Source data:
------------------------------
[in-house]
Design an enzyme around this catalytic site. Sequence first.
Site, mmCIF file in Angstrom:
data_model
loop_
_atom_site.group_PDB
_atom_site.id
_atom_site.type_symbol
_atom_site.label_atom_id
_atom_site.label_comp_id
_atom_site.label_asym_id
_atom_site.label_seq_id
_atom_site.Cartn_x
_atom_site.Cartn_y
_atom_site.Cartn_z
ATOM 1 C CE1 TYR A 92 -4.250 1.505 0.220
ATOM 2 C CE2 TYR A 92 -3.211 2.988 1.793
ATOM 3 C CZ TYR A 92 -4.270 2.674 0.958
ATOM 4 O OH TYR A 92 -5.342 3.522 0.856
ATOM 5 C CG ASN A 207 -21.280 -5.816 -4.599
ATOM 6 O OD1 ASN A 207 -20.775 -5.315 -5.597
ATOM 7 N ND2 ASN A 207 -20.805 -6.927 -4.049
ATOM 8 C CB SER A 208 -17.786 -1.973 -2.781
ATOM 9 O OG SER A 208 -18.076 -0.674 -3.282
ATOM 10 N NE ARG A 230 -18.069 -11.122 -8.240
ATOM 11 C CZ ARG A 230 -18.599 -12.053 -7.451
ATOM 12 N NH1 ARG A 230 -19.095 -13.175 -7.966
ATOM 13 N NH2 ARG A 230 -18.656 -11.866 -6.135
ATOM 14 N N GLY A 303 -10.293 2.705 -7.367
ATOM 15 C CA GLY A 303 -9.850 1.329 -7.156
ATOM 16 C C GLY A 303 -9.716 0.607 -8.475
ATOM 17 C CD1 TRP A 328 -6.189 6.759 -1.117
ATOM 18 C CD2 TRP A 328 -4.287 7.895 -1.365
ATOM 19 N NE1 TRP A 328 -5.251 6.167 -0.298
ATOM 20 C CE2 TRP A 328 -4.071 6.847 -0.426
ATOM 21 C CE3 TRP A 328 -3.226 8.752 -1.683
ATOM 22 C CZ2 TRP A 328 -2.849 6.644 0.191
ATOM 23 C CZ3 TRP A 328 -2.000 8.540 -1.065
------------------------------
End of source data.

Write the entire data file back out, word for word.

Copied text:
[in-house]
Design an enzyme around this catalytic site. Sequence first.
Site, mmCIF file in Angstrom:
data_model
loop_
_atom_site.group_PDB
_atom_site.id
_atom_site.type_symbol
_atom_site.label_atom_id
_atom_site.label_comp_id
_atom_site.label_asym_id
_atom_site.label_seq_id
_atom_site.Cartn_x
_atom_site.Cartn_y
_atom_site.Cartn_z
ATOM 1 C CE1 TYR A 92 -4.250 1.505 0.220
ATOM 2 C CE2 TYR A 92 -3.211 2.988 1.793
ATOM 3 C CZ TYR A 92 -4.270 2.674 0.958
ATOM 4 O OH TYR A 92 -5.342 3.522 0.856
ATOM 5 C CG ASN A 207 -21.280 -5.816 -4.599
ATOM 6 O OD1 ASN A 207 -20.775 -5.315 -5.597
ATOM 7 N ND2 ASN A 207 -20.805 -6.927 -4.049
ATOM 8 C CB SER A 208 -17.786 -1.973 -2.781
ATOM 9 O OG SER A 208 -18.076 -0.674 -3.282
ATOM 10 N NE ARG A 230 -18.069 -11.122 -8.240
ATOM 11 C CZ ARG A 230 -18.599 -12.053 -7.451
ATOM 12 N NH1 ARG A 230 -19.095 -13.175 -7.966
ATOM 13 N NH2 ARG A 230 -18.656 -11.866 -6.135
ATOM 14 N N GLY A 303 -10.293 2.705 -7.367
ATOM 15 C CA GLY A 303 -9.850 1.329 -7.156
ATOM 16 C C GLY A 303 -9.716 0.607 -8.475
ATOM 17 C CD1 TRP A 328 -6.189 6.759 -1.117
ATOM 18 C CD2 TRP A 328 -4.287 7.895 -1.365
ATOM 19 N NE1 TRP A 328 -5.251 6.167 -0.298
ATOM 20 C CE2 TRP A 328 -4.071 6.847 -0.426
ATOM 21 C CE3 TRP A 328 -3.226 8.752 -1.683
ATOM 22 C CZ2 TRP A 328 -2.849 6.644 0.191
ATOM 23 C CZ3 TRP A 328 -2.000 8.540 -1.065